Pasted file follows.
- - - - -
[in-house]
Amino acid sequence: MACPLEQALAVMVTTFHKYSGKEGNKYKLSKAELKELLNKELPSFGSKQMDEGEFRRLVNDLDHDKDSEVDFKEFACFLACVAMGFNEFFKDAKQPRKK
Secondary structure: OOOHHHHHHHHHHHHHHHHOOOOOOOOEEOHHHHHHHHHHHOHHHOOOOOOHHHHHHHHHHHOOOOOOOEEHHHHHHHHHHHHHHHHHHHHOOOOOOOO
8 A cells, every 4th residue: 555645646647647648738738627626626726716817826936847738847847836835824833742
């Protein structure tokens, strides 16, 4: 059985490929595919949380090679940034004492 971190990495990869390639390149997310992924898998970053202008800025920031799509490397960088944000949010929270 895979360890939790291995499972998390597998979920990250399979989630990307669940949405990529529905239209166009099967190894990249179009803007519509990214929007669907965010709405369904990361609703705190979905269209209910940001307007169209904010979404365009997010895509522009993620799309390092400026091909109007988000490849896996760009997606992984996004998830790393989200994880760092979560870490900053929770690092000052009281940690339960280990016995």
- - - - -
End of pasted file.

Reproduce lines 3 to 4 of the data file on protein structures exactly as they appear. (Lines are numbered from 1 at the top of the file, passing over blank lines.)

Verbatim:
Secondary structure: OOOHHHHHHHHHHHHHHHHOOOOOOOOEEOHHHHHHHHHHHOHHHOOOOOOHHHHHHHHHHHOOOOOOOEEHHHHHHHHHHHHHHHHHHHHOOOOOOOO
8 A cells, every 4th residue: 555645646647647648738738627626626726716817826936847738847847836835824833742